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The Guatemala Stove Project is a small group of North American volunteers that began working in response to a request for help from CEDEC, an indigenous non-profit group working in Guatemala's Altiplano (Western Highlands). CEDEC had identified the need for masonry cookstoves in the communities they serve, but residents lacked the human and material resources to build such stoves for themselves. The Guatemala Stove Project has been born out of this need.
Since those first six stoves in 1999, the Guatemala Stove Project has expanded rapidly, building 25 stoves in 2000, 195 in 2001, 535 in 2002. In the spring of 2003 the thousandth stove was built and now the number has passed 3000.
This means each morning over three thousand families firing up their stoves, three thousand women not risking blindness while cooking for their families; 18 thousand men women and children not filling their lungs with toxic smoke every day. Perhaps over 200 thousand years of life expectancy (when you multiply 10 to 15 years per person).
Because the stoves burn more efficiently villagers use only half as many trees for fire wood in an area that is already suffering from deforestation.
The Guatemala Stove Project documents its work extensively, photographing each stove and the receiving family.
Families who participate also commit labour and resources to a co-operative enterprise with other Guatemala Stove Project families in the area. Group initiatives such as a market gardens, egg production, or craft co-ops increase village self sufficiency and strengthen the local autonomy. Best of all, they are sustainable.
The stove building has been enhanced by complementary funding, which provides villages with medicine for treatable illnesses. We facilitate networking between the different villages and various medical and fair trade NGOs. The people see an immediate improvement in their health and well being.
At the Earth Summit 2002 in Johannesburg the sad fact that the air pollution from indoor cooking fires kills more people than any other form ( including the air pollution from car exhaust, emissions from coal fired power plants, etc.) was noted. Yet there was no commitment to allocate any resources to do anything to help lift the millions of poor out of their misery by making stoves available to even some of the people who need them. Our first hand experience of this terrible suffering caused by indoor fires is what drives us to reach out to Canadians for their support.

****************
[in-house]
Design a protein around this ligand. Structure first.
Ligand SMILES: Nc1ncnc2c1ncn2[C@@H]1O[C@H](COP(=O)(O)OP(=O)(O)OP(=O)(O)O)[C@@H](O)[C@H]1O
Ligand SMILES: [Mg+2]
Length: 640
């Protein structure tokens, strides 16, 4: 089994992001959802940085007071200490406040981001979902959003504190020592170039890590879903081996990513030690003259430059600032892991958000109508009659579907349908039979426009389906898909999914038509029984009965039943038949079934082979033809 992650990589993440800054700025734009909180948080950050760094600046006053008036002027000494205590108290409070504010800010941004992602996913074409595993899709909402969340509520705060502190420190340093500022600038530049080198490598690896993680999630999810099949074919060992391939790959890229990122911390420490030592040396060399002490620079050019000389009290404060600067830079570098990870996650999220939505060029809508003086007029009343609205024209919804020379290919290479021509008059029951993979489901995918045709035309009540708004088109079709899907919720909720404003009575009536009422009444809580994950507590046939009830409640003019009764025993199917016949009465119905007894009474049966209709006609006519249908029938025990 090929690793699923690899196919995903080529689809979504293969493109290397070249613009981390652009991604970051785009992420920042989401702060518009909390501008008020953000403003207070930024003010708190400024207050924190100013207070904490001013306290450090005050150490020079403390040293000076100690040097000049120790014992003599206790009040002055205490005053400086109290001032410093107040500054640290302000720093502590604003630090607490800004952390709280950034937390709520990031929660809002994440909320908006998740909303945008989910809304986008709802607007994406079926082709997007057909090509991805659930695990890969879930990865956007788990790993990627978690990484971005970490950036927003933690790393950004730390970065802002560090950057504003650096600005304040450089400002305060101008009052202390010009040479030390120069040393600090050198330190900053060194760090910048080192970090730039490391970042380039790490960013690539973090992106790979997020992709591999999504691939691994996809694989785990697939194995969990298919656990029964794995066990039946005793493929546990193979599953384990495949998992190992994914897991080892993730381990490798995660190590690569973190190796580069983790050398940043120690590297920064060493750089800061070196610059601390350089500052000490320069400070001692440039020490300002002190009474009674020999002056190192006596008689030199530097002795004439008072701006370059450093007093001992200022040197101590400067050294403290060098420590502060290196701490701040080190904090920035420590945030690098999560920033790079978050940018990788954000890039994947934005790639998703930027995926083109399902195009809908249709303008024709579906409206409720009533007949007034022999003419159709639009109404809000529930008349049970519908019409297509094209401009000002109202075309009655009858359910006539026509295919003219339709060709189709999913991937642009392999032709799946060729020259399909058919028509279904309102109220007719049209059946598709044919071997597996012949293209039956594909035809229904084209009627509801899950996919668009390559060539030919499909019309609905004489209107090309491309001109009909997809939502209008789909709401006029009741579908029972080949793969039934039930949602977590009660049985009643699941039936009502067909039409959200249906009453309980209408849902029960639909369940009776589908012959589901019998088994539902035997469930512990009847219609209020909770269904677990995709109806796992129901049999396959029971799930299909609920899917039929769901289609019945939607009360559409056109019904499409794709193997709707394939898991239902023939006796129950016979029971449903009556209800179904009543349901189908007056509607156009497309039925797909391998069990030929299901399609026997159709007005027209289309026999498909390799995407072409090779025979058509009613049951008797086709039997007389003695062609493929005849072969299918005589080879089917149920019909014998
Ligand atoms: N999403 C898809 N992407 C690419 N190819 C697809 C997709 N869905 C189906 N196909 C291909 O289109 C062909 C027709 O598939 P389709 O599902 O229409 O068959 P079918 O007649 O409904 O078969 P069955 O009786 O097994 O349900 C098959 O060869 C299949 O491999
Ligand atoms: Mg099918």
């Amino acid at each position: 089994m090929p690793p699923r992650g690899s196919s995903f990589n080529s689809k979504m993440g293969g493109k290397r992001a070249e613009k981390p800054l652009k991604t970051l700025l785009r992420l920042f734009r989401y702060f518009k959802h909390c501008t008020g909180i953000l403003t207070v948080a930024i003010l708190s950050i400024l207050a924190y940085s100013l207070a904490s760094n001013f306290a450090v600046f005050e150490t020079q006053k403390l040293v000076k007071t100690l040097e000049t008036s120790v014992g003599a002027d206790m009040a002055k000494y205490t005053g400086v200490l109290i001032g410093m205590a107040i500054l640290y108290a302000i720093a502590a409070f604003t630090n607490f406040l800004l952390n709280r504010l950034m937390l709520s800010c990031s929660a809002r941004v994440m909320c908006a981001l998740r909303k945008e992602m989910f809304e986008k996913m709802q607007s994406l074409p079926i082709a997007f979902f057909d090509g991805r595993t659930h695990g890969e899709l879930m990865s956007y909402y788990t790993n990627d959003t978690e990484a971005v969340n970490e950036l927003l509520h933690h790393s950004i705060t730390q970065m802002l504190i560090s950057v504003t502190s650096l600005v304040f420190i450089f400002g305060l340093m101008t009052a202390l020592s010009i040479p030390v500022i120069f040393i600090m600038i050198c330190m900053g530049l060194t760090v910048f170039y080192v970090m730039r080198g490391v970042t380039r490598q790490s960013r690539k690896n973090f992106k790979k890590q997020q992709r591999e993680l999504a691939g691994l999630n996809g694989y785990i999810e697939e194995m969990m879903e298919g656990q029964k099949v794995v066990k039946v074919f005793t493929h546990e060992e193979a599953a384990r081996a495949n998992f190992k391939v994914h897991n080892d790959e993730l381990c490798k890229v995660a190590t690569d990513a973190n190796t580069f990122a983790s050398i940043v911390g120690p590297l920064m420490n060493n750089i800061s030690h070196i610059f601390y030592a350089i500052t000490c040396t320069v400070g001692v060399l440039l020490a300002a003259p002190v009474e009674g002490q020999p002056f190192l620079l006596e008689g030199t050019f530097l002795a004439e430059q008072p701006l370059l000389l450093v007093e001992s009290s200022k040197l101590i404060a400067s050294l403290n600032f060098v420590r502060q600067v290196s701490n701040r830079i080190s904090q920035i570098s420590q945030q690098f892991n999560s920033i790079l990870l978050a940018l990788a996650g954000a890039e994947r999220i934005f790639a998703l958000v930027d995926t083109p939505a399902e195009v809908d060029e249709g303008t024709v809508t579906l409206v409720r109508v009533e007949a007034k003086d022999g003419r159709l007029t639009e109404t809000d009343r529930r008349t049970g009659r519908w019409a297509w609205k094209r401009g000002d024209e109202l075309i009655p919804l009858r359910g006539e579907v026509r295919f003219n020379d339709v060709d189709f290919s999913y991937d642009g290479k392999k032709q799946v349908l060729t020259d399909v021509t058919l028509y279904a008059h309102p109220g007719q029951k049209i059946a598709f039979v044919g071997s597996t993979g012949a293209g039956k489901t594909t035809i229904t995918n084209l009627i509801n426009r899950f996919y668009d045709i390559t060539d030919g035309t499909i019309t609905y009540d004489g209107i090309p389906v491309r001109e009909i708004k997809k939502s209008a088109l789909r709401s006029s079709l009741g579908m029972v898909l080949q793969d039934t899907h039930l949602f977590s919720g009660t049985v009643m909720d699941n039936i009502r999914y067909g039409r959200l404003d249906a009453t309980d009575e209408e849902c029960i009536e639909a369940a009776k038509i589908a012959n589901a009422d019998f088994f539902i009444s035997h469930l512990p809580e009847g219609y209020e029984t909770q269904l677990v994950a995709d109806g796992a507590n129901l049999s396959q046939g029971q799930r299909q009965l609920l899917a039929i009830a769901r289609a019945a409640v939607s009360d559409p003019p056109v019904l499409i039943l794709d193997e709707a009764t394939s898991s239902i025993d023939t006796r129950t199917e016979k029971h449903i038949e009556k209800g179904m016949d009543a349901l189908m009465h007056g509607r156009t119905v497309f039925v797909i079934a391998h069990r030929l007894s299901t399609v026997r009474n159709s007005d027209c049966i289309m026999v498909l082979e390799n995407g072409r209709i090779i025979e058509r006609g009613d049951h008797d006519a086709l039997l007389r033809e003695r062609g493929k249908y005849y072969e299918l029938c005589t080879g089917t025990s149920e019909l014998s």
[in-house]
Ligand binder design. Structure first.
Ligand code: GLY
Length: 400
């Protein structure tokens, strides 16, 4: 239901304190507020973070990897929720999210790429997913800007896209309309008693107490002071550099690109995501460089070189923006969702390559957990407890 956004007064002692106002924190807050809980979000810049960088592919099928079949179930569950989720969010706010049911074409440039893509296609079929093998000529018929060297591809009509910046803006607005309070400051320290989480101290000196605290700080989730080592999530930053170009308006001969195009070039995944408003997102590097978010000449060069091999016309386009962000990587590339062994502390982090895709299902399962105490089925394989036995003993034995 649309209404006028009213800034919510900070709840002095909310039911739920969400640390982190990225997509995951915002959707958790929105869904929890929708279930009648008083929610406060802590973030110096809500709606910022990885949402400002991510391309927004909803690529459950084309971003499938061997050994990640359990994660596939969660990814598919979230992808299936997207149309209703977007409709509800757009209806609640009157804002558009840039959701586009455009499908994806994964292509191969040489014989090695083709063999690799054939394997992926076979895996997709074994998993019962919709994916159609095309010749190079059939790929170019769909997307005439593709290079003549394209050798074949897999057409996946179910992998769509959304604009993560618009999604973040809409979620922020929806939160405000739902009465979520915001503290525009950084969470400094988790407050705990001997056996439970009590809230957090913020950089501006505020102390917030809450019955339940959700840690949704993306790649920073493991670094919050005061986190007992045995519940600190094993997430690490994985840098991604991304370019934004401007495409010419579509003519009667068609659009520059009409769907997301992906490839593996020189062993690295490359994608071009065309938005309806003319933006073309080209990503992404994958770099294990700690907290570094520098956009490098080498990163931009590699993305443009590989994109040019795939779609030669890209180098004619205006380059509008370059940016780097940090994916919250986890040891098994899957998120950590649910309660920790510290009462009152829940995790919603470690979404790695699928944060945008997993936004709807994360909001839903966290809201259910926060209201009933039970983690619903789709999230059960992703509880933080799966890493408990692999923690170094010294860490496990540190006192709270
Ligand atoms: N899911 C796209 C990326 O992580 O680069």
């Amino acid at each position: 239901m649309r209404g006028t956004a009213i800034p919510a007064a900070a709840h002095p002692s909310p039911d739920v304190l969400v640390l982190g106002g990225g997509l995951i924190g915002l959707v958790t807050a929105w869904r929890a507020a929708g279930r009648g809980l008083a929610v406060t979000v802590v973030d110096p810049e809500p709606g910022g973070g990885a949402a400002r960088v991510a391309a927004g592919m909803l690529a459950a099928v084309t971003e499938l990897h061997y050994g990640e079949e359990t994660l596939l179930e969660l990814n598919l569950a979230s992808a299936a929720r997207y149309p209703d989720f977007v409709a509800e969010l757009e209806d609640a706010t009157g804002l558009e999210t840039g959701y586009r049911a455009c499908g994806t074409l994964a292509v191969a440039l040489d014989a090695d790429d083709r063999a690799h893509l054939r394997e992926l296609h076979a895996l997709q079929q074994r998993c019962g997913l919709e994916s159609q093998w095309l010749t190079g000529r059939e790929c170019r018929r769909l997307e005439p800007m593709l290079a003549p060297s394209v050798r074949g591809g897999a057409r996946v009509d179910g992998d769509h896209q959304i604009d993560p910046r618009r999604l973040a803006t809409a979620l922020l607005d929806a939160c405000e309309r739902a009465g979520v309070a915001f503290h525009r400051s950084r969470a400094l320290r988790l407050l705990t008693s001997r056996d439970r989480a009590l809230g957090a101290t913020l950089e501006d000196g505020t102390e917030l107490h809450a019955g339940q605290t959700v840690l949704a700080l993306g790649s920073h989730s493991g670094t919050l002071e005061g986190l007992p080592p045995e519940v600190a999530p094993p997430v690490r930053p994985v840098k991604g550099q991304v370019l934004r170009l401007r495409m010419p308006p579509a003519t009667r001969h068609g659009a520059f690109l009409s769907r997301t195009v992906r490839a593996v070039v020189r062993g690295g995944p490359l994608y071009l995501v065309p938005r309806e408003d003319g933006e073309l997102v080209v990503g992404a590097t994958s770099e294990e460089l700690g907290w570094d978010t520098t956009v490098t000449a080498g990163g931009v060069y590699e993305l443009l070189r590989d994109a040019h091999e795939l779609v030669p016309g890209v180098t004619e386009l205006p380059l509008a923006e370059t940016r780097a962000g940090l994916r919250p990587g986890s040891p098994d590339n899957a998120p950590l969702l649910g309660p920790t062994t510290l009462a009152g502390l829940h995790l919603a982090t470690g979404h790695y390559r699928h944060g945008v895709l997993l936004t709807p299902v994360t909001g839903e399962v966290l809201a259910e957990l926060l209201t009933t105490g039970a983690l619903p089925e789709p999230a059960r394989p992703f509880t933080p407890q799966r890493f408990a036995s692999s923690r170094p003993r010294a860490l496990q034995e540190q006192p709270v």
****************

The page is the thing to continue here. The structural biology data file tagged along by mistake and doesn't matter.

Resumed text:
Volunteers and fundingEdit
Fortunately, we can directly help significant numbers of people in a lasting way (the stoves we build will easily last more than 20 years). During our first year, 1999, one volunteer was able to build 6 stoves. This year the small group of dedicated volunteers has been able to raise enough funds from generous North Americans to build over 500 stoves.
The majority of our donations have been made by individual Canadian and American families directly donating to Guatemalan families. In February we will be going back to Guatemala for five weeks and during that time will photograph another 500 families standing in front of their new stoves. These pictures along with the names and ages of the individuals in each Maya family will be presented to the 500 North Americans as a thank you for their generous donations. Many people frame these portraits and hang them in their homes so they can be reminded each day of the other family that is no longer filling their lungs with toxic smoke while cooking the day's tortillas. You can see an example on the Thank You page and some excellent photos on the Photo Album page.
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